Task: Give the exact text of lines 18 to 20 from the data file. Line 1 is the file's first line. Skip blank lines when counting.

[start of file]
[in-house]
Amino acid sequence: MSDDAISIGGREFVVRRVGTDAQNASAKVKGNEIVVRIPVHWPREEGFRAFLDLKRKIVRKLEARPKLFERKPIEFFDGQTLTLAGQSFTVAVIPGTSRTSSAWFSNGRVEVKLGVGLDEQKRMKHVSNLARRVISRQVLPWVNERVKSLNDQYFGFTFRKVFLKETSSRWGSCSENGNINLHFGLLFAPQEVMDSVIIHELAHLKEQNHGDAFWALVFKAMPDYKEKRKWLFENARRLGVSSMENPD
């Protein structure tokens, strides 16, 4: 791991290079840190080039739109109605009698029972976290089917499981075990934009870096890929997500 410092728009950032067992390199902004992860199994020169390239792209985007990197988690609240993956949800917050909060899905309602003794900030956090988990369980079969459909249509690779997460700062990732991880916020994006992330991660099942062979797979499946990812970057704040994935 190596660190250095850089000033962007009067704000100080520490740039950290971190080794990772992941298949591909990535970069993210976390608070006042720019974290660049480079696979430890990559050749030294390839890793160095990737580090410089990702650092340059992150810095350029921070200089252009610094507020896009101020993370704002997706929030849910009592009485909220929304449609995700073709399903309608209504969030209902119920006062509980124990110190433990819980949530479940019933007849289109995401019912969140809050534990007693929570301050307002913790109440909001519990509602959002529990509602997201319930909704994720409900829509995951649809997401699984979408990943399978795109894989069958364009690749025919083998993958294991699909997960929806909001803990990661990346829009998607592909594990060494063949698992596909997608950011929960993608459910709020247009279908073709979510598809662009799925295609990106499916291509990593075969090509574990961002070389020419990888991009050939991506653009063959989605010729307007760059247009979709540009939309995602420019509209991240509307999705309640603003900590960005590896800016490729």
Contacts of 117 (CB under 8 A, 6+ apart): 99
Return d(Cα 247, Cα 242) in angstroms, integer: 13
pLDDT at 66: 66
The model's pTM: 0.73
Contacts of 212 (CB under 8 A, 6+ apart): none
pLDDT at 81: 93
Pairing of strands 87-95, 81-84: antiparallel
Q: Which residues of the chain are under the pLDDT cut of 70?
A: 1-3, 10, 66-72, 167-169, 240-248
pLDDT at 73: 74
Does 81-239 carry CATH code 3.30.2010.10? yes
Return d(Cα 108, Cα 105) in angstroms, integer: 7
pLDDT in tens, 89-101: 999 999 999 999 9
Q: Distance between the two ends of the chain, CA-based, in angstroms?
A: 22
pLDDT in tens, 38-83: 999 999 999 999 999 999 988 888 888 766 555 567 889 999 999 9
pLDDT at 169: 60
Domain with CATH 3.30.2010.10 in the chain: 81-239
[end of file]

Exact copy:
A: 22
pLDDT in tens, 38-83: 999 999 999 999 999 999 988 888 888 766 555 567 889 999 999 9
pLDDT at 169: 60